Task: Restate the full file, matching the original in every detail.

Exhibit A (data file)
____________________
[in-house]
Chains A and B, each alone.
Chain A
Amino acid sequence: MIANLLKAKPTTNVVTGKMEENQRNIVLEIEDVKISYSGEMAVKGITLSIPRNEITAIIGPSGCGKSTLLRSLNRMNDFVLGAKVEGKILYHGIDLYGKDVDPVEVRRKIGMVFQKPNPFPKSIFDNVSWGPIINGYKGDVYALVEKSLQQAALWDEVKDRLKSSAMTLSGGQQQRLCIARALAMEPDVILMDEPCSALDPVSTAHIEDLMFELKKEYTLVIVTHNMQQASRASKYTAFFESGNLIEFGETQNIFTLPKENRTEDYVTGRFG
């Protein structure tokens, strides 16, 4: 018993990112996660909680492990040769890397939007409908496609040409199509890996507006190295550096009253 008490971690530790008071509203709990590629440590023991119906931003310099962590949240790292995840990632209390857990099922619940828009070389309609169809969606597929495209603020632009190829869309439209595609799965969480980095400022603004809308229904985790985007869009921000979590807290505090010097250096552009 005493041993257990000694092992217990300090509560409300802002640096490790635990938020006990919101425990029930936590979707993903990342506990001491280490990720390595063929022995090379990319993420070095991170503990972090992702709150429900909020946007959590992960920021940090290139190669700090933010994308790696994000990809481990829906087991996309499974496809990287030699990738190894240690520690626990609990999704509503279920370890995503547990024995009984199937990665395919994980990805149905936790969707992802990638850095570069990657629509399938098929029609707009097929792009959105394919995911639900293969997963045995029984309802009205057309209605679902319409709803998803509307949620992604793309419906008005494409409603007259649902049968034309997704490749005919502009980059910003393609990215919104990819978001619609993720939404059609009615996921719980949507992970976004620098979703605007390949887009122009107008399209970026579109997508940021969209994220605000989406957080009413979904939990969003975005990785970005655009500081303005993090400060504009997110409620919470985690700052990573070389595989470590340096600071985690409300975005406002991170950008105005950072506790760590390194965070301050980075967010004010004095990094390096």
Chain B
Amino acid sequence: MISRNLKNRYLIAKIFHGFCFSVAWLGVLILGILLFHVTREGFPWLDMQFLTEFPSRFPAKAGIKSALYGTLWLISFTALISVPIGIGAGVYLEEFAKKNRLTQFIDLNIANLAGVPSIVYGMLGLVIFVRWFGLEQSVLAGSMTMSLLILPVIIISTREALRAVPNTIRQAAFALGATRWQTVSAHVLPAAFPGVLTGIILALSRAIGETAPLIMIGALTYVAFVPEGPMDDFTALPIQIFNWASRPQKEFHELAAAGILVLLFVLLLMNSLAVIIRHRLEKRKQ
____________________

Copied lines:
[in-house]
Chains A and B, each alone.
Chain A
Amino acid sequence: MIANLLKAKPTTNVVTGKMEENQRNIVLEIEDVKISYSGEMAVKGITLSIPRNEITAIIGPSGCGKSTLLRSLNRMNDFVLGAKVEGKILYHGIDLYGKDVDPVEVRRKIGMVFQKPNPFPKSIFDNVSWGPIINGYKGDVYALVEKSLQQAALWDEVKDRLKSSAMTLSGGQQQRLCIARALAMEPDVILMDEPCSALDPVSTAHIEDLMFELKKEYTLVIVTHNMQQASRASKYTAFFESGNLIEFGETQNIFTLPKENRTEDYVTGRFG
């Protein structure tokens, strides 16, 4: 018993990112996660909680492990040769890397939007409908496609040409199509890996507006190295550096009253 008490971690530790008071509203709990590629440590023991119906931003310099962590949240790292995840990632209390857990099922619940828009070389309609169809969606597929495209603020632009190829869309439209595609799965969480980095400022603004809308229904985790985007869009921000979590807290505090010097250096552009 005493041993257990000694092992217990300090509560409300802002640096490790635990938020006990919101425990029930936590979707993903990342506990001491280490990720390595063929022995090379990319993420070095991170503990972090992702709150429900909020946007959590992960920021940090290139190669700090933010994308790696994000990809481990829906087991996309499974496809990287030699990738190894240690520690626990609990999704509503279920370890995503547990024995009984199937990665395919994980990805149905936790969707992802990638850095570069990657629509399938098929029609707009097929792009959105394919995911639900293969997963045995029984309802009205057309209605679902319409709803998803509307949620992604793309419906008005494409409603007259649902049968034309997704490749005919502009980059910003393609990215919104990819978001619609993720939404059609009615996921719980949507992970976004620098979703605007390949887009122009107008399209970026579109997508940021969209994220605000989406957080009413979904939990969003975005990785970005655009500081303005993090400060504009997110409620919470985690700052990573070389595989470590340096600071985690409300975005406002991170950008105005950072506790760590390194965070301050980075967010004010004095990094390096």
Chain B
Amino acid sequence: MISRNLKNRYLIAKIFHGFCFSVAWLGVLILGILLFHVTREGFPWLDMQFLTEFPSRFPAKAGIKSALYGTLWLISFTALISVPIGIGAGVYLEEFAKKNRLTQFIDLNIANLAGVPSIVYGMLGLVIFVRWFGLEQSVLAGSMTMSLLILPVIIISTREALRAVPNTIRQAAFALGATRWQTVSAHVLPAAFPGVLTGIILALSRAIGETAPLIMIGALTYVAFVPEGPMDDFTALPIQIFNWASRPQKEFHELAAAGILVLLFVLLLMNSLAVIIRHRLEKRKQ